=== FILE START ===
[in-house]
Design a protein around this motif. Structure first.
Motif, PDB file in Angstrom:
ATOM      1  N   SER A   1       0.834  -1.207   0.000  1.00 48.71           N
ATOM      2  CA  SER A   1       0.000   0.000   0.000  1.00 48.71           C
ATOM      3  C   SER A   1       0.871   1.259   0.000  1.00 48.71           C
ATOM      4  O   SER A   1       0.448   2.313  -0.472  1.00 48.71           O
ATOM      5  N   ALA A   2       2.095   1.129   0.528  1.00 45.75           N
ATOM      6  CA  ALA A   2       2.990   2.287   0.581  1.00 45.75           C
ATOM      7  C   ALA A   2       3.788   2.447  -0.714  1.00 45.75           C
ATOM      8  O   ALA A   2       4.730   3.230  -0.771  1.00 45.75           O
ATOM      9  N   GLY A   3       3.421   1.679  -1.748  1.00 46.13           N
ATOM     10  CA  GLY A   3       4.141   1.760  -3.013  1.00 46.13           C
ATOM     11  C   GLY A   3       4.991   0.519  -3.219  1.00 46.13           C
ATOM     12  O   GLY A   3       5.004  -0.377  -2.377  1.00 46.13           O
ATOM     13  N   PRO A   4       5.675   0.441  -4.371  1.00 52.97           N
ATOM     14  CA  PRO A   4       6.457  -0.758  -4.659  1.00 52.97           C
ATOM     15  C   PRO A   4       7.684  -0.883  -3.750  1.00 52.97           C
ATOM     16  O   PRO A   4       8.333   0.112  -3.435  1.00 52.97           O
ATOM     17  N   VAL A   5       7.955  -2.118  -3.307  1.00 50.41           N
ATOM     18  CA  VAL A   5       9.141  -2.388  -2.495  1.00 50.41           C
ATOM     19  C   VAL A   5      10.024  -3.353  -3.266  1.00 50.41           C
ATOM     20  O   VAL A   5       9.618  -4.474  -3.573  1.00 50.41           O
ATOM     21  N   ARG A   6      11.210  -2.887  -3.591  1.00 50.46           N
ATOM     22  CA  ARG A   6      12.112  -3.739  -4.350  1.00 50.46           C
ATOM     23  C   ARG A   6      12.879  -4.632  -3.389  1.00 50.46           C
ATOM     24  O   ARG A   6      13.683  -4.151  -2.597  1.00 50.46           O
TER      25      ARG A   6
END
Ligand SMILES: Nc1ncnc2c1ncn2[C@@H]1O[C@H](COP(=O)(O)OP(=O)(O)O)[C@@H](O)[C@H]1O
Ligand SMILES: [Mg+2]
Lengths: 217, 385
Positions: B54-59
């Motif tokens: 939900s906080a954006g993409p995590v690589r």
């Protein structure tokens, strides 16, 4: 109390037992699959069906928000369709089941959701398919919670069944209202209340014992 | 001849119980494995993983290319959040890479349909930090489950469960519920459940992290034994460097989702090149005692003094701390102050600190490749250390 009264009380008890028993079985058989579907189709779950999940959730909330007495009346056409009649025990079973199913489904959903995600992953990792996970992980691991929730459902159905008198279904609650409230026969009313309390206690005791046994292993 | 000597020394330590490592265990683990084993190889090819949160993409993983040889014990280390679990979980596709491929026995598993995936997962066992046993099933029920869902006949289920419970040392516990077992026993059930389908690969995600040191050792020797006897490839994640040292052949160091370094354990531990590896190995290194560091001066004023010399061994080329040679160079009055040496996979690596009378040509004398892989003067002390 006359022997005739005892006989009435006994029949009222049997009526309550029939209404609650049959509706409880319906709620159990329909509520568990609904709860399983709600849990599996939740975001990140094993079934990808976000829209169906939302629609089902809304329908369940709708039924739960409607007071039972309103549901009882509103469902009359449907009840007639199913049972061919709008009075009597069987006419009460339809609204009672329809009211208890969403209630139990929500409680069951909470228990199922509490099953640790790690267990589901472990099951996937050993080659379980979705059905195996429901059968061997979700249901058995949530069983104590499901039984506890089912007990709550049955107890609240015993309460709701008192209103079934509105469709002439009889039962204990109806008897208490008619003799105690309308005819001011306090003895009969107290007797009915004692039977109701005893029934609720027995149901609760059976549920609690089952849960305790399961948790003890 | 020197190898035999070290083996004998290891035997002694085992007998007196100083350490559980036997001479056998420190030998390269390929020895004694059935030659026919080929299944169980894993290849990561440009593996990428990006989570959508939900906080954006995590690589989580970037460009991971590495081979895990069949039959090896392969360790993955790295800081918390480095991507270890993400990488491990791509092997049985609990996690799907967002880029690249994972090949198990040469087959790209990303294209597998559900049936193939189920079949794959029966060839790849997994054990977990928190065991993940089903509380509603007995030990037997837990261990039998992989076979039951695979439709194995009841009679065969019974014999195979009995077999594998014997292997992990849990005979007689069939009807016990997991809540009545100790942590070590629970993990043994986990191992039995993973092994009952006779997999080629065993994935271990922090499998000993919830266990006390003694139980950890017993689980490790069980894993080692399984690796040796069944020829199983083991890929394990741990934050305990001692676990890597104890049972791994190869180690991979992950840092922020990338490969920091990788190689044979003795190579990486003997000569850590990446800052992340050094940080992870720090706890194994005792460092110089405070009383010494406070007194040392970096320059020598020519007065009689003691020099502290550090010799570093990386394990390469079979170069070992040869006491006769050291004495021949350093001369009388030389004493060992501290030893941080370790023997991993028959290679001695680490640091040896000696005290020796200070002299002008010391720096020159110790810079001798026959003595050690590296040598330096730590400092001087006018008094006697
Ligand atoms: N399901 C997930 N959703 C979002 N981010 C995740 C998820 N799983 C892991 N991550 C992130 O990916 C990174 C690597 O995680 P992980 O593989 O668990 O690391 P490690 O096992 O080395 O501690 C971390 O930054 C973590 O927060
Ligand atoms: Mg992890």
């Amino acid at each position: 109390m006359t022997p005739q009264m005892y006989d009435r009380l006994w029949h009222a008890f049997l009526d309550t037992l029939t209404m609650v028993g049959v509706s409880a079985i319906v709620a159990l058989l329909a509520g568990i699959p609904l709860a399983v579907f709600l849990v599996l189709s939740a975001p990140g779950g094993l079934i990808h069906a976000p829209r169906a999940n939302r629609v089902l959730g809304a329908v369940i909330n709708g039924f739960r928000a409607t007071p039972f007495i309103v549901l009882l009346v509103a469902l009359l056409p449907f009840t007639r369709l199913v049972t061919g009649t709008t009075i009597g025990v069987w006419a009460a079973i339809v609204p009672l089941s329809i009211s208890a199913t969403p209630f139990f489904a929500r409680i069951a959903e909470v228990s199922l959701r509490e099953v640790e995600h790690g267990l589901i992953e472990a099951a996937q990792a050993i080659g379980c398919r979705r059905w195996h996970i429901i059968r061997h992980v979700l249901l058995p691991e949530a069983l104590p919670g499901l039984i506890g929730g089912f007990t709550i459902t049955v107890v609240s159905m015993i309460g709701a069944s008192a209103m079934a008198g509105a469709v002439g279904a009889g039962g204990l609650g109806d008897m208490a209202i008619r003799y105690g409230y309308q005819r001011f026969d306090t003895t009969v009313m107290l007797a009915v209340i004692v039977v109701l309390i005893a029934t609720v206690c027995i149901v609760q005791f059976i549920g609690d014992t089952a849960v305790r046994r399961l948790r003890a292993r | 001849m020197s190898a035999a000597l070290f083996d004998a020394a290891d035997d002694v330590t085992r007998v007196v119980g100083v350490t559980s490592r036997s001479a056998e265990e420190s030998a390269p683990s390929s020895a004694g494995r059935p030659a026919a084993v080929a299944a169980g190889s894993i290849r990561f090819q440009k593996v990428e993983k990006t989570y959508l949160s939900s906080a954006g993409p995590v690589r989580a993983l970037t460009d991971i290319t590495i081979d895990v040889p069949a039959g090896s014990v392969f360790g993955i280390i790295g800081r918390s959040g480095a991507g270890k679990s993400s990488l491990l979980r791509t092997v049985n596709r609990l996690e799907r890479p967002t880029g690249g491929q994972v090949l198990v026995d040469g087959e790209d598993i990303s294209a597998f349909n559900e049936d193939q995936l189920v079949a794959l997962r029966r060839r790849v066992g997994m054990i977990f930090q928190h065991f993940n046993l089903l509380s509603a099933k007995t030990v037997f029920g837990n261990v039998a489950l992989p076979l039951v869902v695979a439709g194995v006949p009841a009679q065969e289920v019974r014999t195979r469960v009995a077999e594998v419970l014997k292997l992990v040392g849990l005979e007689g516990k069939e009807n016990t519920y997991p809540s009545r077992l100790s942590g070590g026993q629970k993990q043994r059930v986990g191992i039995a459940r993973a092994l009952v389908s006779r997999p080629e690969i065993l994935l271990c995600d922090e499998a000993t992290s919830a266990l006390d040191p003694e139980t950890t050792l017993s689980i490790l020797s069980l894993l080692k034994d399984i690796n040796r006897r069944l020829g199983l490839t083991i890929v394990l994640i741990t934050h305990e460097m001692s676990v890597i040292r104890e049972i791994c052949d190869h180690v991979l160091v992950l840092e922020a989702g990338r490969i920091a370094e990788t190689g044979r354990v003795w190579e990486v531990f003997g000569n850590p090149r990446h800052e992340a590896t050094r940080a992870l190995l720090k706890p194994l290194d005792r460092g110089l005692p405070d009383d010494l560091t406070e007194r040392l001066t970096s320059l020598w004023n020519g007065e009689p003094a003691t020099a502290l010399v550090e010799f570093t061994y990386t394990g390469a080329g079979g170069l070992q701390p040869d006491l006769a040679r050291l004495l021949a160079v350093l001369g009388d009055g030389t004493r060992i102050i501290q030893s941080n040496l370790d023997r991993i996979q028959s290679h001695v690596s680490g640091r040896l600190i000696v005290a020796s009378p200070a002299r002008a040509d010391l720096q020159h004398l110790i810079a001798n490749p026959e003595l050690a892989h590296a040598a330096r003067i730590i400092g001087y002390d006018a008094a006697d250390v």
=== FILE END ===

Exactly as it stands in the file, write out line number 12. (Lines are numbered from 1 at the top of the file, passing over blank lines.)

ATOM      9  N   GLY A   3       3.421   1.679  -1.748  1.00 46.13           N